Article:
This is why you can never get away with anything

Photo by  Andrew Neel  on  Unsplash

Photo by Andrew Neel on Unsplash


We all love them.

A shortcut is when you allow yourself not to do your best. It's that "eh, screw it" moment. It's not making that extra call today, not working out today, not calling your friend today, not eating well today, not giving your all - today.

The focus here is on the today because that's the key to the shortcut logic.

It's in our nature to conserve energy, but it's also in our nature to be goal-directed and to be value driven.

We live at a nexus of opposing forces.

Who we want to be - a person who does things and expends huge amounts of energy in the process and Who our body wants us to be today - a creature comforts loving, home dwelling, binge eating, reality TV watching, inertial human. In the short term - today - our body wants us to move less, eat more, protect ourselves from the elements and be obsessed with the social lives of other people. Also, our body likes us playing and watching hunting games - like most video games and team sports and, of course, nurturing a healthy obsession with sex.

Why? Because, metabolically, those were the things that maximised our chances of survival and reproduction in ancestral environments. You wanted to be the person with the most food, the warmest hut, the least physical work to do, the best connections and knowledge about hierarchies in the village, a great hunter and have all the mates.

Our bodies are still out in the savannah, foraging for crickets and bitter roots, it's just a more bountiful harvest at McDonald's.

How do shortcuts work?

You have Goals - What I want to achieve and you have Values - Who I am.

You know what you need to do to achieve your goals: work on X project, write Y amount of words/day, eat this not that, move Z minutes a day, etc.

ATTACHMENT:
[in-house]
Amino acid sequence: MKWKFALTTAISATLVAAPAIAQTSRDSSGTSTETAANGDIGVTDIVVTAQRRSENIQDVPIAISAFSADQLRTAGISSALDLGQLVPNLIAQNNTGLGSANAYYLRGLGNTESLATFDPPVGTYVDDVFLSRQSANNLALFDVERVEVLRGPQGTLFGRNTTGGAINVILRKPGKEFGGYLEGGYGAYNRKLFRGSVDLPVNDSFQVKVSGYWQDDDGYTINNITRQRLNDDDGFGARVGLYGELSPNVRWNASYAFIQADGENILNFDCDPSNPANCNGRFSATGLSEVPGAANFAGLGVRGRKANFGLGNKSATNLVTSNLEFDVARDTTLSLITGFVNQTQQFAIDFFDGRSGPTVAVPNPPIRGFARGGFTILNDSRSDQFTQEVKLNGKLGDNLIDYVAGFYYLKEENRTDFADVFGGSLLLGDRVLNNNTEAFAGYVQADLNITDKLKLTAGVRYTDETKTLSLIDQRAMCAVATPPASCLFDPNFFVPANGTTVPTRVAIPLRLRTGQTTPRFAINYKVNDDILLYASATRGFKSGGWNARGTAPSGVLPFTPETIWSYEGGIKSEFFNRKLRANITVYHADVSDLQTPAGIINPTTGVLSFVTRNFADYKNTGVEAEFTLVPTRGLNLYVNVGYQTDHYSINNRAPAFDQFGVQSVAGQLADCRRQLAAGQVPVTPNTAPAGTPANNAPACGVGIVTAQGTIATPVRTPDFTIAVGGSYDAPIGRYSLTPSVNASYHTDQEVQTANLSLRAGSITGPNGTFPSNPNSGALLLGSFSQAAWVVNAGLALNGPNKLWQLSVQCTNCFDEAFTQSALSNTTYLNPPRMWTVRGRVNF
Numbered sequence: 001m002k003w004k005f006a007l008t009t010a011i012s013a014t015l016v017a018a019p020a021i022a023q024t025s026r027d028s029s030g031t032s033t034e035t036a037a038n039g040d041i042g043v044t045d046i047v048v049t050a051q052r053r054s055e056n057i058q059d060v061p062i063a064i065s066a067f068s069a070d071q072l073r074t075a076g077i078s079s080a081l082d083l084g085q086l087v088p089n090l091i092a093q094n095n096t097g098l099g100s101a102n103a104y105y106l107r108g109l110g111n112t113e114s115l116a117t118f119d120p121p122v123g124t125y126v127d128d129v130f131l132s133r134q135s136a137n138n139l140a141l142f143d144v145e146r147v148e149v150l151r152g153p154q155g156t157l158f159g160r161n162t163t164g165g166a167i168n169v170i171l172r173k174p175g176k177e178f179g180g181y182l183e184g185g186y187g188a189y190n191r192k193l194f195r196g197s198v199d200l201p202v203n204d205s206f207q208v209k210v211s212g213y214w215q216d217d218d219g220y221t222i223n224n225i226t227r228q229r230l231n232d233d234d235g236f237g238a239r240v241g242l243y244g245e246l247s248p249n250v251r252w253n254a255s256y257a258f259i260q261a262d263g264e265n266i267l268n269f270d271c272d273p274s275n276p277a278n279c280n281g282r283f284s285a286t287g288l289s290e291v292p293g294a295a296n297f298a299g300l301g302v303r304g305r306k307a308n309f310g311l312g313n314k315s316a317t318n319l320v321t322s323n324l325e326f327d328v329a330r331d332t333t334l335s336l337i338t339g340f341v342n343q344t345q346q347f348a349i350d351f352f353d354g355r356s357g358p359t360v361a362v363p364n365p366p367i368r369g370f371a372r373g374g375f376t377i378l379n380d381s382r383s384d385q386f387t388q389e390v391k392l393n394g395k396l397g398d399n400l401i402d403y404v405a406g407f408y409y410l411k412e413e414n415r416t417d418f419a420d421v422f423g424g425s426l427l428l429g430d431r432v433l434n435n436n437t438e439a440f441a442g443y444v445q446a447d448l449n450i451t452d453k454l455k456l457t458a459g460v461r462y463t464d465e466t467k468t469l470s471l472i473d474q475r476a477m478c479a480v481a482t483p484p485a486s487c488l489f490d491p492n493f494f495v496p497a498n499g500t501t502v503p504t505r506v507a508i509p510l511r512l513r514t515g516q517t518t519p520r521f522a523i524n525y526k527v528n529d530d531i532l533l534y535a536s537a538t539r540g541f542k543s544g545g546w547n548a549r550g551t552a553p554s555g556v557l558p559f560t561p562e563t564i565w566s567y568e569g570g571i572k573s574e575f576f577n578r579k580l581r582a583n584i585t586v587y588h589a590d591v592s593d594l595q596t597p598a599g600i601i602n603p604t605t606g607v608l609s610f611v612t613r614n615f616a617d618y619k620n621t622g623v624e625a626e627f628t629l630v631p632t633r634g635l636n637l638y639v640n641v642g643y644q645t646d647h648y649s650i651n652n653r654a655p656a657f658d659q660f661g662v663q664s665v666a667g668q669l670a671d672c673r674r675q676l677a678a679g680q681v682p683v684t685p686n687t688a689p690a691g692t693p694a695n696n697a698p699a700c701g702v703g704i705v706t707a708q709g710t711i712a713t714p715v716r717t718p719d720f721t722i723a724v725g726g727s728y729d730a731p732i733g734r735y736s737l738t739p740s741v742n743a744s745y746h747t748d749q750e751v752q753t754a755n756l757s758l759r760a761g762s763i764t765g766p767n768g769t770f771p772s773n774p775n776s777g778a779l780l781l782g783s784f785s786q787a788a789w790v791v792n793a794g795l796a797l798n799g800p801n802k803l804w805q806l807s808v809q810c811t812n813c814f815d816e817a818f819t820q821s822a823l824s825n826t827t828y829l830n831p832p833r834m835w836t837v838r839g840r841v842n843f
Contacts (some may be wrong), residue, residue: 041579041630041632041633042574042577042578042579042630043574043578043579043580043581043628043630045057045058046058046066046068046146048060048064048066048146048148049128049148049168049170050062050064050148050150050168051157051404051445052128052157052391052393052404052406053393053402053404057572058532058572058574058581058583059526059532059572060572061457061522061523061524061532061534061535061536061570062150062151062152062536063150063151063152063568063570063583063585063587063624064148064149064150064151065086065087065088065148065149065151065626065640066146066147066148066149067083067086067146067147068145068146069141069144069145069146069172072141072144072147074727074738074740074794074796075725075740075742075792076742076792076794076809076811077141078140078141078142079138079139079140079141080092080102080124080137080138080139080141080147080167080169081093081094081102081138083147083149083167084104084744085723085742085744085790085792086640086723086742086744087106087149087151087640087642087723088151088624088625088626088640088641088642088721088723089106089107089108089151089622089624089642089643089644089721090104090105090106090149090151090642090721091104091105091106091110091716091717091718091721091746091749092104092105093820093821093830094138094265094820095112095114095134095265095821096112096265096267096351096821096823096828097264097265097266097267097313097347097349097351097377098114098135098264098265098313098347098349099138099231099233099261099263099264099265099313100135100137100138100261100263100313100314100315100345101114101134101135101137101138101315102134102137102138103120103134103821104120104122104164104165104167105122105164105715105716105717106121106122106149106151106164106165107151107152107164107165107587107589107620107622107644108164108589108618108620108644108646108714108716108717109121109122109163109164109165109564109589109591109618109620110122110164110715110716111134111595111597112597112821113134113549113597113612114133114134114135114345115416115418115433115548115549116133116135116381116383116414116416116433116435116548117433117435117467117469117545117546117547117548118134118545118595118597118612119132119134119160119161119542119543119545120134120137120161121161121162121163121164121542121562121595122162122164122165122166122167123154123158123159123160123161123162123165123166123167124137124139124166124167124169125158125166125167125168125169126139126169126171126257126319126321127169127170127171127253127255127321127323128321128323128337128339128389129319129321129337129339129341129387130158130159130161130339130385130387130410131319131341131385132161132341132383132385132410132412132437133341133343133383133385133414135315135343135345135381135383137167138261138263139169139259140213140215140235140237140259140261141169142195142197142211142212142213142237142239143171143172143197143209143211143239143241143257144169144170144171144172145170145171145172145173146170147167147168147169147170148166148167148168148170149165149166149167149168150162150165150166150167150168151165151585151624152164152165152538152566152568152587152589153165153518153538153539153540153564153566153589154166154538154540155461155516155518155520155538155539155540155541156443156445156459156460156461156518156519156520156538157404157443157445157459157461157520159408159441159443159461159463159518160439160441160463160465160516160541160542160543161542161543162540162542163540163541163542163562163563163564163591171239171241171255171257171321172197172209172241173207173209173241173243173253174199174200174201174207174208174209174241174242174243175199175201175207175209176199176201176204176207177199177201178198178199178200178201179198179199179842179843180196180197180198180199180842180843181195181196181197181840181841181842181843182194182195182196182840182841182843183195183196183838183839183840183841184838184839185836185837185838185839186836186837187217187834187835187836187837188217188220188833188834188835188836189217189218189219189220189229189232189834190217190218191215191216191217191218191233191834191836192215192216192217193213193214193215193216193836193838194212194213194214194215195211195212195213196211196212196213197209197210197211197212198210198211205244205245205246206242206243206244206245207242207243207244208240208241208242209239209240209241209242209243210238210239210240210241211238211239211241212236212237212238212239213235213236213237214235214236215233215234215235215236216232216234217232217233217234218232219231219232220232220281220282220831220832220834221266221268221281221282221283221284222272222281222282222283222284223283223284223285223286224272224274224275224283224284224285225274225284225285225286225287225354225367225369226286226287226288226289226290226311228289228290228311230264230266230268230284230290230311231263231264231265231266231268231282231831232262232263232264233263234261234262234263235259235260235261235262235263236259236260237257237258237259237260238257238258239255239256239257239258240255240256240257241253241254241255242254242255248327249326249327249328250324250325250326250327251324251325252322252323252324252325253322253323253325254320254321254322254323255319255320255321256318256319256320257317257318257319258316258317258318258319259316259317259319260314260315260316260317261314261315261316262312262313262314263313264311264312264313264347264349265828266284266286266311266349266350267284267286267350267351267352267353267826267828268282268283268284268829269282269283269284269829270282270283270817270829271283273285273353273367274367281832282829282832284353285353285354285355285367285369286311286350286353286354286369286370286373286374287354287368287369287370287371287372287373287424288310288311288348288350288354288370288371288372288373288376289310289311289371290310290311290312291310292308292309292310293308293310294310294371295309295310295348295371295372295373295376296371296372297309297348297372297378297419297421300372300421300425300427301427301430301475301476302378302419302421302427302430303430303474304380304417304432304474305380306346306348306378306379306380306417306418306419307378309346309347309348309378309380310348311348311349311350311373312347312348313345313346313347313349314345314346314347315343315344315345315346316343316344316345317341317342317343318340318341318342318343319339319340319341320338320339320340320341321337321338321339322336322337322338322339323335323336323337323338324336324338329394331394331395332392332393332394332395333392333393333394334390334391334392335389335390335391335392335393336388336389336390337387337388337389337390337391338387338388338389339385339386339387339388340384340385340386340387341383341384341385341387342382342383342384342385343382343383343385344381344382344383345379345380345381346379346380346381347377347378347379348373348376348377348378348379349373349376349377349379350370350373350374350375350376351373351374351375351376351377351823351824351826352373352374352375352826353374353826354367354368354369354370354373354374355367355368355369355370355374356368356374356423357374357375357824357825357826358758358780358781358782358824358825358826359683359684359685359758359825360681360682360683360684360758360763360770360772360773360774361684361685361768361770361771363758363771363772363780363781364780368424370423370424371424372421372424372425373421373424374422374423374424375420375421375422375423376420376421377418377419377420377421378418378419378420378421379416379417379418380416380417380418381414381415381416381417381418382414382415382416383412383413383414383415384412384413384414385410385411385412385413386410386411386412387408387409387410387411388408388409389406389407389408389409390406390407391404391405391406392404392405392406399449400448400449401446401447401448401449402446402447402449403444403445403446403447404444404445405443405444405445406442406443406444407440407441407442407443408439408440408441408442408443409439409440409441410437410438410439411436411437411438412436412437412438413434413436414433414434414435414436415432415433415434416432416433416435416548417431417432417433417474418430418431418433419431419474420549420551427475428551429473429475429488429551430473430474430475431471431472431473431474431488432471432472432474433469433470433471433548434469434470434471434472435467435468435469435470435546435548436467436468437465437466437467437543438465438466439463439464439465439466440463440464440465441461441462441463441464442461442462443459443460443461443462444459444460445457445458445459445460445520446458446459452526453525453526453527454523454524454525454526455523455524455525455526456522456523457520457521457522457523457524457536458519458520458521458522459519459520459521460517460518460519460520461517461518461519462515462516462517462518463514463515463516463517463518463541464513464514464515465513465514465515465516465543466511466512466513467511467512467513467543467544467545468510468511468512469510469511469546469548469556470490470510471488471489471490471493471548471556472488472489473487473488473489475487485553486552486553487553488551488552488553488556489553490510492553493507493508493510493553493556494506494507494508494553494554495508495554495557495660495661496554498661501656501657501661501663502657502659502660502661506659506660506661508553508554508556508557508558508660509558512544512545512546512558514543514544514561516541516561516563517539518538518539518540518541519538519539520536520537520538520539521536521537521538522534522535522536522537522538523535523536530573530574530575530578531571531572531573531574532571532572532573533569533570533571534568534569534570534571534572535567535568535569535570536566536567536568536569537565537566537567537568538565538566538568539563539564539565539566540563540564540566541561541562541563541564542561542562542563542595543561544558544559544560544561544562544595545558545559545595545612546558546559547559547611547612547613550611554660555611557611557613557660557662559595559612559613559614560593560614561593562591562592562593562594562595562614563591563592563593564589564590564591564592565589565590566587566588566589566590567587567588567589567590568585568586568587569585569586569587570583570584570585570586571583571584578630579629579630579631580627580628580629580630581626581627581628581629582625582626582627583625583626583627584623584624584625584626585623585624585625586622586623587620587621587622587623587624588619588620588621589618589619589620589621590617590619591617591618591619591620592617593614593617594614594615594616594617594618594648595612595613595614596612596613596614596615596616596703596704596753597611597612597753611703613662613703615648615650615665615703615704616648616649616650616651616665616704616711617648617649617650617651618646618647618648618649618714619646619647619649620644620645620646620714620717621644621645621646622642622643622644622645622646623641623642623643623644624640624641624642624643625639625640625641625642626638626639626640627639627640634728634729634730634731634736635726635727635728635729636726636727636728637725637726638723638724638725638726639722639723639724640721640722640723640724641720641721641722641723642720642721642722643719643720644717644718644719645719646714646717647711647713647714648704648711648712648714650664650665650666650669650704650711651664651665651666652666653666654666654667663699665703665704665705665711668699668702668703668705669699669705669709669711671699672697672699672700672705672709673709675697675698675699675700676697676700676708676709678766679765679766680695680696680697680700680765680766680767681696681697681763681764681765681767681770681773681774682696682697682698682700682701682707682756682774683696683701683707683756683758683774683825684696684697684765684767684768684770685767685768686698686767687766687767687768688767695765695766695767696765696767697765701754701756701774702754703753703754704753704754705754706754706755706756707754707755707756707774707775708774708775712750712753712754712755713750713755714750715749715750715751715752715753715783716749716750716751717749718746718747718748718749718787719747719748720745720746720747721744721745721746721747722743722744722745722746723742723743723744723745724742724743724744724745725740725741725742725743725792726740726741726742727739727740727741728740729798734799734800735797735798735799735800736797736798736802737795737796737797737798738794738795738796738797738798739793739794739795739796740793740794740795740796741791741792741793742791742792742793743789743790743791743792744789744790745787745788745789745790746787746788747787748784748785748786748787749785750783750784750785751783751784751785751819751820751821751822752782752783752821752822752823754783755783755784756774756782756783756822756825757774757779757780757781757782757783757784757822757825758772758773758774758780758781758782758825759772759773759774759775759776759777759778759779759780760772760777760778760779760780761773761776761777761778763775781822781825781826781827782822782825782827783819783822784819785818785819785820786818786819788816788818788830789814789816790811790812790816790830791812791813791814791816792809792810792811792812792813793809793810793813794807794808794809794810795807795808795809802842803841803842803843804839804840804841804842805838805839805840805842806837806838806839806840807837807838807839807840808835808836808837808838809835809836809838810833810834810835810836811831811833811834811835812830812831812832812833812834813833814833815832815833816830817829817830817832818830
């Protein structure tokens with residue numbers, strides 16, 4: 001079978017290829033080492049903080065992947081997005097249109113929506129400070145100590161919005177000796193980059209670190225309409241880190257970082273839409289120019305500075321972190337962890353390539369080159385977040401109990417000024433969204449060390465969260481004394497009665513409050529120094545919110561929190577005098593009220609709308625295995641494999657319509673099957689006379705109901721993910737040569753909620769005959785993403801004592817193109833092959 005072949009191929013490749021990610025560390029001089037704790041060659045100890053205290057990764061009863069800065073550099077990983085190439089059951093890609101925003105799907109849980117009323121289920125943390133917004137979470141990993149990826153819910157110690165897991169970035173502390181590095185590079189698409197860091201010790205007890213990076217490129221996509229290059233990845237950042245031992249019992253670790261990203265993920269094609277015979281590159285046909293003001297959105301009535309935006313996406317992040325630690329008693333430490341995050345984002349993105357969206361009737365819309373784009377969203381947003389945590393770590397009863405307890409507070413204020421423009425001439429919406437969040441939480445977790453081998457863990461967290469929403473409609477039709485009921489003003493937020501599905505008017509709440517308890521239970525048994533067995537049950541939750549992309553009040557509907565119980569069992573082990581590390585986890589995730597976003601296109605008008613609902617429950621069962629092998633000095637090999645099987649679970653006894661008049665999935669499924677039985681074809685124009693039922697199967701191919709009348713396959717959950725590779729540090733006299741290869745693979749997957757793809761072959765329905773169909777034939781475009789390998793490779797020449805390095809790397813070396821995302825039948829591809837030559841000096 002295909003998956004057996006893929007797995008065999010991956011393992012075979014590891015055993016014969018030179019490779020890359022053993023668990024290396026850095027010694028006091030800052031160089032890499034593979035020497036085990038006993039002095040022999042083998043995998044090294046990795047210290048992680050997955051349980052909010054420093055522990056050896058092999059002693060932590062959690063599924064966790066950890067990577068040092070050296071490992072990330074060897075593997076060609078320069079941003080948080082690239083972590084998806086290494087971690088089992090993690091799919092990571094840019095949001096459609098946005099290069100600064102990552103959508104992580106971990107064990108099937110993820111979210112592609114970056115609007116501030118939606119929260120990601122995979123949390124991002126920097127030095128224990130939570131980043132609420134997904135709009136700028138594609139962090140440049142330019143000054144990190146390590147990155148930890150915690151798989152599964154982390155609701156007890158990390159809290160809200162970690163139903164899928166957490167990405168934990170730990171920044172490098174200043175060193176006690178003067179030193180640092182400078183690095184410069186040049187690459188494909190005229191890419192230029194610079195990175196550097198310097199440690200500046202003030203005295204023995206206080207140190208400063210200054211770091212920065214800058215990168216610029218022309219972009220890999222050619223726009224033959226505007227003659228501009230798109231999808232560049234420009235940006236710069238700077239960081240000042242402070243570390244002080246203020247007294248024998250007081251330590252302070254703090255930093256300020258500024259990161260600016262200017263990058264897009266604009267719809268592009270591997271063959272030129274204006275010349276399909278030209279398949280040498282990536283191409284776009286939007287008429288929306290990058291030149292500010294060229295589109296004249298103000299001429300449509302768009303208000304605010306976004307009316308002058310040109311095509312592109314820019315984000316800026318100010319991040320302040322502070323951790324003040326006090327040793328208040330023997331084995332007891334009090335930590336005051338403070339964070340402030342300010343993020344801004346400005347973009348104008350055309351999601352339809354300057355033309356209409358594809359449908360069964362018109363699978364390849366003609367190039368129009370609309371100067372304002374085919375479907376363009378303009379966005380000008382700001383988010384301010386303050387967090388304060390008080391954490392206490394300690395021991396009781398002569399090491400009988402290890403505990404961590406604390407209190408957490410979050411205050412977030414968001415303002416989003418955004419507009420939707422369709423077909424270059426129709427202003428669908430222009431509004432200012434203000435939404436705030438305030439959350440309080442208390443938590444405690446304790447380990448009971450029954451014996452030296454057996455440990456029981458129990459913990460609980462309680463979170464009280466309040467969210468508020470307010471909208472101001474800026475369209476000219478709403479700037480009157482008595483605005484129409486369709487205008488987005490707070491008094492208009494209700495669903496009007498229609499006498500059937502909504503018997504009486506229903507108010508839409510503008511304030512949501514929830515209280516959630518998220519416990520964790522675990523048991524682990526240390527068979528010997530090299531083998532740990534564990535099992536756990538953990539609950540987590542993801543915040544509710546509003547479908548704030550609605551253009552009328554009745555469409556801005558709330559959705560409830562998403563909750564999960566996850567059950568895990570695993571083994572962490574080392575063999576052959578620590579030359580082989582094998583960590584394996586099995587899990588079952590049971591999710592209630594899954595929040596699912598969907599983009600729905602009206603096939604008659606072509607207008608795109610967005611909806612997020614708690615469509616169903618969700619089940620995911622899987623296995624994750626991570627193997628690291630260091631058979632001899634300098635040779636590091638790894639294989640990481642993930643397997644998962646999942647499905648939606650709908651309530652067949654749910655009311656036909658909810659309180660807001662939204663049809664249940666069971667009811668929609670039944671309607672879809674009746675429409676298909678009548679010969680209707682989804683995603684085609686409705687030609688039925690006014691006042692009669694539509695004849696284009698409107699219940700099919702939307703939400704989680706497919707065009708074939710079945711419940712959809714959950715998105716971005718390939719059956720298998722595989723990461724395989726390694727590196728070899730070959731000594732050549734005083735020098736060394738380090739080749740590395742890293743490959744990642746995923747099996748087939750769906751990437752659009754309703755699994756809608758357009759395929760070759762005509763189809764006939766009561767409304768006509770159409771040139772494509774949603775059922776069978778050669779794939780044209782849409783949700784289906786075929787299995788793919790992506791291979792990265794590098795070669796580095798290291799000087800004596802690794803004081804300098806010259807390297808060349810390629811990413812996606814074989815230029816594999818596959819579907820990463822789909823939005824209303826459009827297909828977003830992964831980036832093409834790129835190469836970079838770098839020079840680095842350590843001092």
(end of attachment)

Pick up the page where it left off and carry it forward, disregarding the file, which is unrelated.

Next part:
You also know how you need to act to live up to your values:

I am kind - I act with kindness to everyone around me. I am effective - I take effective actions that have tangible results. I am strong - I take responsibility under pressure.

But, in the sneaky world of the shortcut, today, something is in the way.

This temporary something could be anything: the weather, feeling ill, taking a "day off", vacation time or even "just not feeling like it".

But today is always the exception. What this allows you to do is give yourself permission to not be who you want to be, just today.

This is a sleight of hand, obviously, because there is nothing outside of one continuous today. The past is a memory, the future is a hope or an anxiety. Your brain is playing word games with you.

Treat yo’ self

Photo by  Hanna Postova  on  Unsplash

A lot of people talk about self-care nowadays and "Treat Yo' Self" has become synonymous with spending money, eating junk food, and overall just means you should be taking a bubble bath instead of doing hard things.

This is counterproductive.

A lot of people are working long hours, that's true, and we do a lot of unpaid and unproductive intellectual labour just staring at social media all day. That leaves us frazzled and exhausted at the end of the day.

But that's more of a mismanagement of time than a carte blanche to ignore the needs of future you. The truth is not many of us are toiling in the fields or crawling through mine shafts.

You can comfortably skip your sheet mask to get some work done on your dreams.

Why your vote matters

Photo by  Parker Johnson  on  Unsplash

The fact that you've done one thing shittily or skipped a workout is not the problem. Once doesn't really matter. That's a correct intuition on the part of your brain. One meal won't make you fat, one workout won't make you fit.